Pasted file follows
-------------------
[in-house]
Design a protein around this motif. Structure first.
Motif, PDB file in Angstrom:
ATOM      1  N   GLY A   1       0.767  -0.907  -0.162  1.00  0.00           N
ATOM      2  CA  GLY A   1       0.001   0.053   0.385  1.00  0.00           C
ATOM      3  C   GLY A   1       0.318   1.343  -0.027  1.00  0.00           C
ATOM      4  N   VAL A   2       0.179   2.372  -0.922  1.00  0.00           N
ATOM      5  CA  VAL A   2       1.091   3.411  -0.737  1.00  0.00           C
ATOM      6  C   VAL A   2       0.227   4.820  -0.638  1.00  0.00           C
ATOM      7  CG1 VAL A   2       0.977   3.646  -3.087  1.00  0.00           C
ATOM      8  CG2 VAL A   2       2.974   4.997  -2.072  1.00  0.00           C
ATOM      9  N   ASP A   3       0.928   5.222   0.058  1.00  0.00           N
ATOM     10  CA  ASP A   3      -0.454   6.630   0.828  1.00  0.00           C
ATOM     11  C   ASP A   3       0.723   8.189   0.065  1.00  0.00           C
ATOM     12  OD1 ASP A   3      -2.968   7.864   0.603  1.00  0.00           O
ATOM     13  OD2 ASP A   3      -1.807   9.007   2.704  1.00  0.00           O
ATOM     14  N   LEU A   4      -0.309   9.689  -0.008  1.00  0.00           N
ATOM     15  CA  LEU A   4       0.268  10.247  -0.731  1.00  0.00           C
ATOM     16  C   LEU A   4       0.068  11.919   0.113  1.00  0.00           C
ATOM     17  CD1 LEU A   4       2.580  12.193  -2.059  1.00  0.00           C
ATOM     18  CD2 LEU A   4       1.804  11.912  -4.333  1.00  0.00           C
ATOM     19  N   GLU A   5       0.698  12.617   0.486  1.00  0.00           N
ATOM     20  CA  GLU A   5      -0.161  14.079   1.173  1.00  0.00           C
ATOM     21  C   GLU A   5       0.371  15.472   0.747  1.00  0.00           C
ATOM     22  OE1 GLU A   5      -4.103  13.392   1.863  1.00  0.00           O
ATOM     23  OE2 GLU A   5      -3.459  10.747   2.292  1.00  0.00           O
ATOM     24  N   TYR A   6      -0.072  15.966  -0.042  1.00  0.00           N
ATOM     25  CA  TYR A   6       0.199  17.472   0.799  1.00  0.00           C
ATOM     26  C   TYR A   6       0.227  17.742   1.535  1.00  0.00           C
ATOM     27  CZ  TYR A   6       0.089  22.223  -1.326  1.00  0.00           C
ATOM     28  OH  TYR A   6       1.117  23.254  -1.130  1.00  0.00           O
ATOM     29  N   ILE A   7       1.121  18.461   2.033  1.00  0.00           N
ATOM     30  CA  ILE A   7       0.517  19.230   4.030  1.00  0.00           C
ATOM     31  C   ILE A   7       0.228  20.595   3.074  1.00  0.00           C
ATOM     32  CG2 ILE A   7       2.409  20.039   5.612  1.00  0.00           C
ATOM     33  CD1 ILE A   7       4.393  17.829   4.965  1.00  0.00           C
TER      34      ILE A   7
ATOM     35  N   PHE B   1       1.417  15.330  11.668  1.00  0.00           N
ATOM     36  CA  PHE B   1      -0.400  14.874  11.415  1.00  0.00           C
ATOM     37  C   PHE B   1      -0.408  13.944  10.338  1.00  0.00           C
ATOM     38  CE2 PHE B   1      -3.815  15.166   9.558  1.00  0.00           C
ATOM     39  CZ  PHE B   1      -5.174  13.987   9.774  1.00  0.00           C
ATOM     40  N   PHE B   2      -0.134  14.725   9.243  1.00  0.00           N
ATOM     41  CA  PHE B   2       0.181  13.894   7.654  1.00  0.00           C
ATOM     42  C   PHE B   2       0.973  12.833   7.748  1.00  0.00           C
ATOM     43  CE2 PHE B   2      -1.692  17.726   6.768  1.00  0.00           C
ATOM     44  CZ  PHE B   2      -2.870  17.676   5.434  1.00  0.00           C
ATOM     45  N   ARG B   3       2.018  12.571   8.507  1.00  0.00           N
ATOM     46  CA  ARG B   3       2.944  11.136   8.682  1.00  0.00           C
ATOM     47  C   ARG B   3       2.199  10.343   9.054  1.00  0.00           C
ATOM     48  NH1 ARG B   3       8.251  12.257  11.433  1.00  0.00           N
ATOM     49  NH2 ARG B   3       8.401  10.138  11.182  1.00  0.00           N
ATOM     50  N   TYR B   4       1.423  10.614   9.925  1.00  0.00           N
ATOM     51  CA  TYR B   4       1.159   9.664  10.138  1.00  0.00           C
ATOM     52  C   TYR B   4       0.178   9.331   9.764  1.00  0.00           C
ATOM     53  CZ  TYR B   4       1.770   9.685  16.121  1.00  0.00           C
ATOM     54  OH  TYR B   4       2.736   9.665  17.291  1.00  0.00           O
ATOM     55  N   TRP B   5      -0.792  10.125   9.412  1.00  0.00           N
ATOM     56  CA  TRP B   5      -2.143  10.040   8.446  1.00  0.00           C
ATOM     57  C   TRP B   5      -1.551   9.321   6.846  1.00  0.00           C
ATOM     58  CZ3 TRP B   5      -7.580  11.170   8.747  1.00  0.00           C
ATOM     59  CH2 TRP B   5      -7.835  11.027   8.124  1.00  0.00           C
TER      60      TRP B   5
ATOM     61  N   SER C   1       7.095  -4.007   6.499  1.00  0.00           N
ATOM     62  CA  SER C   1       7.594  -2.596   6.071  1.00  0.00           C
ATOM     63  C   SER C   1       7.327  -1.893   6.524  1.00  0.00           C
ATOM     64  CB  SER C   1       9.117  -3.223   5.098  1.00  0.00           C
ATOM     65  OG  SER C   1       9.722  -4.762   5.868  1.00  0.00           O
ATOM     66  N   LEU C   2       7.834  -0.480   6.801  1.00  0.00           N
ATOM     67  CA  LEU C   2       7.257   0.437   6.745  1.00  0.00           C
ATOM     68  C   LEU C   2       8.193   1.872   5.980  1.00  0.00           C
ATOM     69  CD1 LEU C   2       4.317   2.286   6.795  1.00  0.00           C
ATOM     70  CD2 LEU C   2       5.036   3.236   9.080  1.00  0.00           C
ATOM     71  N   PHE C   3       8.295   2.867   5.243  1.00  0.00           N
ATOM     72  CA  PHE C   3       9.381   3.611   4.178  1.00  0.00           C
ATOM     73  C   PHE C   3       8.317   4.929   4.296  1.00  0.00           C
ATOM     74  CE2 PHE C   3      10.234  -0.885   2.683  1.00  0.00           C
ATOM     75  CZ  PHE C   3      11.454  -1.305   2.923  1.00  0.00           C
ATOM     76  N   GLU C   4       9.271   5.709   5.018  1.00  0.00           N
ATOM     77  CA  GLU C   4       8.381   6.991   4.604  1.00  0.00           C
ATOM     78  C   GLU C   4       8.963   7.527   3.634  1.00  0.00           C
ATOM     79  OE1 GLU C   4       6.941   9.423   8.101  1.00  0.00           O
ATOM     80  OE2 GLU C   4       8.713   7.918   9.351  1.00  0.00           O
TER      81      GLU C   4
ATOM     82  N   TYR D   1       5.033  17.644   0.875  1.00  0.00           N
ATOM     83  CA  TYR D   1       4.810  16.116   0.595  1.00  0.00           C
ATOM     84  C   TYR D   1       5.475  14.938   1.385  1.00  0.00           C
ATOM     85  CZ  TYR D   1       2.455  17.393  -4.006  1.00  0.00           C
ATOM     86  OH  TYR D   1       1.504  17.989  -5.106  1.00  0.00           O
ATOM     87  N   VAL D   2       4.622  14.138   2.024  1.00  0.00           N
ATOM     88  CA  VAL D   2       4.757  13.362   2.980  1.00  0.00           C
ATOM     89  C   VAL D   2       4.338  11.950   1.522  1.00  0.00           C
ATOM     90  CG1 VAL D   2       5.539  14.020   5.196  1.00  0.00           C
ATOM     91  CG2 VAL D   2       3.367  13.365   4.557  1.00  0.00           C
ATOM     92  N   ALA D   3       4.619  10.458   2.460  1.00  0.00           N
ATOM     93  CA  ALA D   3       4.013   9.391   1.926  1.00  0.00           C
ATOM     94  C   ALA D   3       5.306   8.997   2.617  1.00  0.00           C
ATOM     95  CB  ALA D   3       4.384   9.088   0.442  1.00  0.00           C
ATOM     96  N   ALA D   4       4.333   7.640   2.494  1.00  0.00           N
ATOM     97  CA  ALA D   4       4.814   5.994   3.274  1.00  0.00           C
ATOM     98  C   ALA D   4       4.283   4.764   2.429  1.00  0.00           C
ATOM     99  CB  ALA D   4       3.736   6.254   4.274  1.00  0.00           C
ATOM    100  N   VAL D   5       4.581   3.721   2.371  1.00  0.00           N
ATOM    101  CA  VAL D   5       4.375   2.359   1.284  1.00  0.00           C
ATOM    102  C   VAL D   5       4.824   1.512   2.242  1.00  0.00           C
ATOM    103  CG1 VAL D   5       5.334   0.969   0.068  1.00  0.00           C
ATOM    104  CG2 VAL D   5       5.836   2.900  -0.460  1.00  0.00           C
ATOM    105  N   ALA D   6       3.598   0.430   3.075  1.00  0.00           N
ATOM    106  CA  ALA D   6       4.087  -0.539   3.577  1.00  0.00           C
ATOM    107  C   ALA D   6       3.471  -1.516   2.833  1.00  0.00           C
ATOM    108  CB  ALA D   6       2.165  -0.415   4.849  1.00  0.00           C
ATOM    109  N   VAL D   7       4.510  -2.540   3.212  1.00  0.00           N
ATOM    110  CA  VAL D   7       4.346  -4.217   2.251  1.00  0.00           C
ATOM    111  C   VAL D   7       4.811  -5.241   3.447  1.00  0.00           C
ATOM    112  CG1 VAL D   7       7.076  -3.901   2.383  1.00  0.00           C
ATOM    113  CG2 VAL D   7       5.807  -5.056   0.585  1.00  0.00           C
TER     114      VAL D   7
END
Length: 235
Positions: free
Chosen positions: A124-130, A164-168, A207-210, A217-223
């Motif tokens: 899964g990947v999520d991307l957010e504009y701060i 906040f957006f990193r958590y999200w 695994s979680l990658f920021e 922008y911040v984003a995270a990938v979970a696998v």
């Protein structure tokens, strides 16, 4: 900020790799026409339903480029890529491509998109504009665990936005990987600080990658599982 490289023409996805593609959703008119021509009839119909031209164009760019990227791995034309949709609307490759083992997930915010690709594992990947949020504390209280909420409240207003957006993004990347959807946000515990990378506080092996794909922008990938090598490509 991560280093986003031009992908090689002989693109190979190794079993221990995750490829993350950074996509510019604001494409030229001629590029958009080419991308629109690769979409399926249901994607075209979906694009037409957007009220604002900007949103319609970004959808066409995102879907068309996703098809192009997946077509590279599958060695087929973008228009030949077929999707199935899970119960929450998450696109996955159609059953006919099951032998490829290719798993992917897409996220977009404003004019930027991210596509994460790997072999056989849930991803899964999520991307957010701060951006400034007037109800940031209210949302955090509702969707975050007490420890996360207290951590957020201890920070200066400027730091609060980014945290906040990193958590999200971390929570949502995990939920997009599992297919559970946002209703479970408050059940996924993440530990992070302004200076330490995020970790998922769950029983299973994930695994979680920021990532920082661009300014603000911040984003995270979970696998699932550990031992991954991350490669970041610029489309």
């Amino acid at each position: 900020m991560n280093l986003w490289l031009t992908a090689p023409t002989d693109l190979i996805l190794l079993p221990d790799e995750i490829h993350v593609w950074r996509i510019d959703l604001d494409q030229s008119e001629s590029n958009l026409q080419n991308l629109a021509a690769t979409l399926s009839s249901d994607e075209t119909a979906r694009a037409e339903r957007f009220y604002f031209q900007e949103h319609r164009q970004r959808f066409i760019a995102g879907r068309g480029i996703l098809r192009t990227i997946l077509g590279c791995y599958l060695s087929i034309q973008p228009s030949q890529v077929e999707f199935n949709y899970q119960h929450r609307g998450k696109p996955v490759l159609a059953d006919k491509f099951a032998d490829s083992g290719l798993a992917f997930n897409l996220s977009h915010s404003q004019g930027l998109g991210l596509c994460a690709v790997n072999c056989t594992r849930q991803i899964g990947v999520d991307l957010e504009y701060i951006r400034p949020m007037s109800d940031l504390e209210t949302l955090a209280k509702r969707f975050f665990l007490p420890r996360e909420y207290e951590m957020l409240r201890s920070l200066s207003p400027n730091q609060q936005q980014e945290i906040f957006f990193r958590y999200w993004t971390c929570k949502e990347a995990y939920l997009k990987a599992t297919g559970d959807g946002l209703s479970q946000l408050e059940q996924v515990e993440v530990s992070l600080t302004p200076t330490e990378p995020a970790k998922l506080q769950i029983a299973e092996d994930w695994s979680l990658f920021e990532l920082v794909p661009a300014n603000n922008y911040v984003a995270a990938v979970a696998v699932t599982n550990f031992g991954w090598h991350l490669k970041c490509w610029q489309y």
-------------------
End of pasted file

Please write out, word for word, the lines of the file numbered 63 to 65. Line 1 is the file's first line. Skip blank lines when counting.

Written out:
TER      60      TRP B   5
ATOM     61  N   SER C   1       7.095  -4.007   6.499  1.00  0.00           N
ATOM     62  CA  SER C   1       7.594  -2.596   6.071  1.00  0.00           C